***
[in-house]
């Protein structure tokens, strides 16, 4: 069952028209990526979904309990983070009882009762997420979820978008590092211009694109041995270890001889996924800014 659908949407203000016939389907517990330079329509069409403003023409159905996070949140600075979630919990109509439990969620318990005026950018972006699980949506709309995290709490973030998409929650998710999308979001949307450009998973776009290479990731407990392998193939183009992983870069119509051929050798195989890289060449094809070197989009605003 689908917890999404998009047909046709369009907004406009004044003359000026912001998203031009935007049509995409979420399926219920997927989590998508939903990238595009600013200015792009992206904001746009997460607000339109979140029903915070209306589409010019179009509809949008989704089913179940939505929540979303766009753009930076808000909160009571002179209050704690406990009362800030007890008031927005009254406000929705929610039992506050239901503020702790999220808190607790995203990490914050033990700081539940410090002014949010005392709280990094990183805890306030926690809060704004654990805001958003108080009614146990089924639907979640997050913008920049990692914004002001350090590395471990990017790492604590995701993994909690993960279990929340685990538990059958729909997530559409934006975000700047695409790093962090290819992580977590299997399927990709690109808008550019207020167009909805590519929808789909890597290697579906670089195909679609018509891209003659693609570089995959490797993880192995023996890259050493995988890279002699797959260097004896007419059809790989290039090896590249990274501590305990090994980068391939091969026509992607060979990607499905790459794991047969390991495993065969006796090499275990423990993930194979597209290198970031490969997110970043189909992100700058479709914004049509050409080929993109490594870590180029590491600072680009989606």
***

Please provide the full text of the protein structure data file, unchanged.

[in-house]
């Protein structure tokens, strides 16, 4: 069952028209990526979904309990983070009882009762997420979820978008590092211009694109041995270890001889996924800014 659908949407203000016939389907517990330079329509069409403003023409159905996070949140600075979630919990109509439990969620318990005026950018972006699980949506709309995290709490973030998409929650998710999308979001949307450009998973776009290479990731407990392998193939183009992983870069119509051929050798195989890289060449094809070197989009605003 689908917890999404998009047909046709369009907004406009004044003359000026912001998203031009935007049509995409979420399926219920997927989590998508939903990238595009600013200015792009992206904001746009997460607000339109979140029903915070209306589409010019179009509809949008989704089913179940939505929540979303766009753009930076808000909160009571002179209050704690406990009362800030007890008031927005009254406000929705929610039992506050239901503020702790999220808190607790995203990490914050033990700081539940410090002014949010005392709280990094990183805890306030926690809060704004654990805001958003108080009614146990089924639907979640997050913008920049990692914004002001350090590395471990990017790492604590995701993994909690993960279990929340685990538990059958729909997530559409934006975000700047695409790093962090290819992580977590299997399927990709690109808008550019207020167009909805590519929808789909890597290697579906670089195909679609018509891209003659693609570089995959490797993880192995023996890259050493995988890279002699797959260097004896007419059809790989290039090896590249990274501590305990090994980068391939091969026509992607060979990607499905790459794991047969390991495993065969006796090499275990423990993930194979597209290198970031490969997110970043189909992100700058479709914004049509050409080929993109490594870590180029590491600072680009989606």